The JR Saikyo Line runs from Omiya in Saitama Prefecture down through Shinjuku Station and on to Osaki Station, with through services continuing to the artificial island of Odaiba on Tokyo Bay via the Rinkai Line. While the Saikyo Line, named for Saitama and Tokyo, is run by East Japan Rail (JR), the Rinkai Line is operated by Tokyo Waterfront Area Rapid Transit.
The Saikyo-Rinkai railway forms a major north-south transport corridor to Odaiba, which has a number of sights for visitors including the Oedo Onsen Monogatari spa and Tokyo Big Sight, an international exhibition center.
While it can’t hold a candle to Shinjuku and Shibuya, its sister hubs on the Yamanote Line, Ikebukuro is awesome in sheer scale – it’s one of the world’s busiest train stations and sits amid a dense cluster of retailers including the Tobu, Seibu and Marui department stores, the Bic Camera and Yamada Denki electronics shops, and the Sunshine City mall complex. The nearby Tokyo Metropolitan Art Space presents cultural events. Rail connections serve stations such as Kawagoe, Seibu-Chichibu and Wakoshi. The Narita Express also stops here.
Train fare: 160 yen
Train time: 5 minutes
This pulsing youth and fashion hub south of Shinjuku Station is crammed with department stores, boutiques, hair salons, pubs, karaoke parlors, neon signs and gigantic video screens. The Saikyo Line is a quick way to get to Shibuya as it bypasses two stations that the JR Yamanote Line stops at. Aside from JR trains including the Narita Express, Shibuya is served by the Tokyo Metro Ginza and Hanzomon lines as well as the Tokyu Toyoko and Den-en-Toshi lines and the Keio Inokashira Line.
Train fare: 160 yen
Train time: 6 minutes
Tokyo Teleport Station
Located on the futuristic island of Odaiba, Tokyo Teleport Station sits amid shopping malls and unique sights. There’s Diver City Tokyo Plaza, which boasts an 18-meter-tall statue of the iconic Gundam robot of anime fame. Not far behind it is the Fuji TV Building, designed around a massive sphere, as well as the Aqua City Odaiba and Decks Odaiba malls, which offer spectacular views of the Rainbow Bridge and the Tokyo skyline across the estuary of the Sumida River. To the southwest (about a 15- to 20-minute walk) is the Miraikan technology museum and the Oedo Onsen Monogatari spa, a samurai-era theme park featuring hot-spring water piped in from below Tokyo Bay.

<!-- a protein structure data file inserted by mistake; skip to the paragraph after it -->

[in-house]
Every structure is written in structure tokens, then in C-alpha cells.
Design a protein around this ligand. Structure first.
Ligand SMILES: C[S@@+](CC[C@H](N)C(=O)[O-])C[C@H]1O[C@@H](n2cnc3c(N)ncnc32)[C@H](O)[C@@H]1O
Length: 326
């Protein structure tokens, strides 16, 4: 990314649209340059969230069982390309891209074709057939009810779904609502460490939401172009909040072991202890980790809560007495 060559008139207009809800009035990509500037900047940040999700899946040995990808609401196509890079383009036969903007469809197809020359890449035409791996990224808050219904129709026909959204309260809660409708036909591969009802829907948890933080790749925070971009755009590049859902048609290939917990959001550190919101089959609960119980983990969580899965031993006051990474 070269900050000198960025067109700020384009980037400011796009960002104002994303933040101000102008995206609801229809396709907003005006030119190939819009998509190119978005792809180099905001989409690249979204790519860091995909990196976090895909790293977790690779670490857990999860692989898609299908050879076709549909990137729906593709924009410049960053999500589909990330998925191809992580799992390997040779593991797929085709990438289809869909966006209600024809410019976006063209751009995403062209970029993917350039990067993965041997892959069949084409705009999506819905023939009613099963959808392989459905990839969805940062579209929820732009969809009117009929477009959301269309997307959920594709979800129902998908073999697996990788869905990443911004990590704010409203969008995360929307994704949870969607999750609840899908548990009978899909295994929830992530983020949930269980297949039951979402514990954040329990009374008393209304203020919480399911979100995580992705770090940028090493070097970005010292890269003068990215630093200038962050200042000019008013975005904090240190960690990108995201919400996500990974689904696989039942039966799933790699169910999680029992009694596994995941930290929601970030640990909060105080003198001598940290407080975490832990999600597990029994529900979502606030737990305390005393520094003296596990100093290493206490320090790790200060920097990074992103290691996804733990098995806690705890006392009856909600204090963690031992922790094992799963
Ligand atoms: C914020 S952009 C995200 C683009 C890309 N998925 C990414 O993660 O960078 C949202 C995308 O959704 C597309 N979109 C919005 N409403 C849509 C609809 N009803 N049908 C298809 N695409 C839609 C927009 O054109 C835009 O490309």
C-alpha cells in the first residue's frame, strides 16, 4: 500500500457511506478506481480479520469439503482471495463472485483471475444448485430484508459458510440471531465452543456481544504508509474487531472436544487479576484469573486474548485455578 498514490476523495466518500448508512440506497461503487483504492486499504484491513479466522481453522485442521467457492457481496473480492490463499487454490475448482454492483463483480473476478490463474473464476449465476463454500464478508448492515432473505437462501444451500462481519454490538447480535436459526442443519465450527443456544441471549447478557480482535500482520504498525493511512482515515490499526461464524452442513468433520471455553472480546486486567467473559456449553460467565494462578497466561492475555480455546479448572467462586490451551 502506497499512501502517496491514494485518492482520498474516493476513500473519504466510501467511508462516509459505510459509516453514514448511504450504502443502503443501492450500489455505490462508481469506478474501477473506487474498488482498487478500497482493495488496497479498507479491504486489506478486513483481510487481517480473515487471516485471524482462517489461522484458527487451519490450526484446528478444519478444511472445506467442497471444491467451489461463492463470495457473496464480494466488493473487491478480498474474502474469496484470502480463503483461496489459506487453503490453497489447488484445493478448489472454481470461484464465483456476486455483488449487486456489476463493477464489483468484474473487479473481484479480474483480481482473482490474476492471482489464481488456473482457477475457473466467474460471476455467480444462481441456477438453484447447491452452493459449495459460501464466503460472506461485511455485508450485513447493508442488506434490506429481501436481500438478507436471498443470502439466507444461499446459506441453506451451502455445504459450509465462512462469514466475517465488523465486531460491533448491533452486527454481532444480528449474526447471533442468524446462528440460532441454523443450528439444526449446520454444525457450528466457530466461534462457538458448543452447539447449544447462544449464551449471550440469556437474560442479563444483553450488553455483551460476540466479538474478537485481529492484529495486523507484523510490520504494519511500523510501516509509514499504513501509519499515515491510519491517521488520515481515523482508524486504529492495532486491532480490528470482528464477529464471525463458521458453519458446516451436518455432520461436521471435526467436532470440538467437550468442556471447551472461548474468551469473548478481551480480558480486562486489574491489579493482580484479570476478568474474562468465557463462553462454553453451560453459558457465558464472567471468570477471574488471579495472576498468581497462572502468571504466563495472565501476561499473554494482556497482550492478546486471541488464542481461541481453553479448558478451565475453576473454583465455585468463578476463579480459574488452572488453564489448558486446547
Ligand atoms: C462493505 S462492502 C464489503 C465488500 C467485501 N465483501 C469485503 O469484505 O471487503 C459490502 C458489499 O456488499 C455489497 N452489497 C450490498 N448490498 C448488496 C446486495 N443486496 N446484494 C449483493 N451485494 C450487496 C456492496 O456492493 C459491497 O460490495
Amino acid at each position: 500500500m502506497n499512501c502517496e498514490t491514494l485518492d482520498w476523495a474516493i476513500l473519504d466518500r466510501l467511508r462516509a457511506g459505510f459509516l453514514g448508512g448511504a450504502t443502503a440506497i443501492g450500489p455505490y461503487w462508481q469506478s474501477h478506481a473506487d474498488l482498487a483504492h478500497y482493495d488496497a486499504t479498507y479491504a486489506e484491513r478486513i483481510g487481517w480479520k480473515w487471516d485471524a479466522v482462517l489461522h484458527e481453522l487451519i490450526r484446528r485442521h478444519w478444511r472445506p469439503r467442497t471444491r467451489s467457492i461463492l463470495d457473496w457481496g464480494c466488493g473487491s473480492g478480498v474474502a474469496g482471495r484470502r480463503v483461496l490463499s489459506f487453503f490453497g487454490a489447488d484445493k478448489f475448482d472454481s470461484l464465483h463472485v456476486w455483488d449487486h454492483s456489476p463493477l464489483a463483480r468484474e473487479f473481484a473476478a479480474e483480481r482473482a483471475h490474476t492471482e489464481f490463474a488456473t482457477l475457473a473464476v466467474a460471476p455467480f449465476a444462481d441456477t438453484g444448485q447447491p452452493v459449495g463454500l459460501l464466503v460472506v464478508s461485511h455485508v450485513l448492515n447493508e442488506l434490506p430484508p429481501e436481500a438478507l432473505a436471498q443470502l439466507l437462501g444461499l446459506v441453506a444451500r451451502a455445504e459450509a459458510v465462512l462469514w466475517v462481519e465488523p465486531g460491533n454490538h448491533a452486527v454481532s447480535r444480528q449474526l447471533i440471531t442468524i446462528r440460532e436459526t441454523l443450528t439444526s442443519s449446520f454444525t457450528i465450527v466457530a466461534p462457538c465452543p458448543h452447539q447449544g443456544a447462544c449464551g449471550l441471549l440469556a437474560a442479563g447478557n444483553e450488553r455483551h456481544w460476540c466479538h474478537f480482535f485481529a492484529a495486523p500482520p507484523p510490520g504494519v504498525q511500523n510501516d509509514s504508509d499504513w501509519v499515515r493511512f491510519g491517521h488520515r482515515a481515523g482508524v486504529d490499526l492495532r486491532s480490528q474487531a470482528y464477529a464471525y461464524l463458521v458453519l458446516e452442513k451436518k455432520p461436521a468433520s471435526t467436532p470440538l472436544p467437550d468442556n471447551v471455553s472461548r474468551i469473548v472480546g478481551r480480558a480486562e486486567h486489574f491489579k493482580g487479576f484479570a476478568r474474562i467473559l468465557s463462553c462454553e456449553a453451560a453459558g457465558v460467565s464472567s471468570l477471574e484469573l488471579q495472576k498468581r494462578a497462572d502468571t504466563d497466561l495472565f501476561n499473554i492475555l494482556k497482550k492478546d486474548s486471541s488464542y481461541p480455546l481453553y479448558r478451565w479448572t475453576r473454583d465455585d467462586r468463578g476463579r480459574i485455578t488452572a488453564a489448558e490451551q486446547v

Train fare: 500 yen
Train time: 23 minutes
Kokusai-tenjijo Station is a short walk from Tokyo Big Sight, the capital’s main venue for trade shows as well as cultural events such as the annual Comiket manga fair. Even if there’s nothing on, the architecture is remarkable – its quadruple inverted pyramid looks like something out of “Star Wars.” There’s also the Panasonic Center Tokyo showroom by the station, which shows off the manufacturer’s latest technologies and products. Rental bikes that can be used to cycle around Odaiba are available nearby.
Train fare: 500 yen
Train time: 26 minutes
Omiya Station is a major rail hub in Saitama Prefecture, which neighbors Tokyo to the north, as well as a gateway to a few sightseeing attractions. Located in the prefectural capital of Saitama City, the station sits on the JR Shinkansen bullet train lines connecting Tokyo with northern Japan.
The Tohoku, Yamagata, Akita, Joetsu and Hokuriku bullet trains stop here on dedicated tracks. Omiya Station is also served by the JR Saikyo, Takasaki, Shonan-Shinjuku, Ueno-Tokyo, Keihin-Tohoku, Kawagoe and Tohoku (Utsunomiya) lines. The Tobu Urban Park Line, also known as the Tobu Noda Line, and the Ina Line, also known as the New Shuttle, are two more commuter railways with stops here.
If you like trains and bonsai, Omiya is the place for you. A three-minute ride from Omiya Station on the New Shuttle Line to Tetsudo-Hakubutsukan Station (fare: 190 yen) will bring you to The Railway Museum. Operated by JR East, it features 36 train engines and cars including the earliest steam locomotive and the groundbreaking Series 0 Shinkansen bullet train.
About a five-minute walk from Toro Station on the JR Tohoku (Utsunomiya) Line (140 yen, 3 minutes from Omiya Station), you’ll find the Omiya Bonsai Art Museum, the Bonsai House of the Four Seasons and Omiya Bonsai Village. The three facilities have magnificent specimens of meticulously kept bonsai trees, over 10 bonsai gardens, rustic tea houses for bonsai appreciation and exhibits on the history of the art.
Train fare: 470 yen
Train time: 40 minutes
Article by Tim Hornyak. All rights reserved.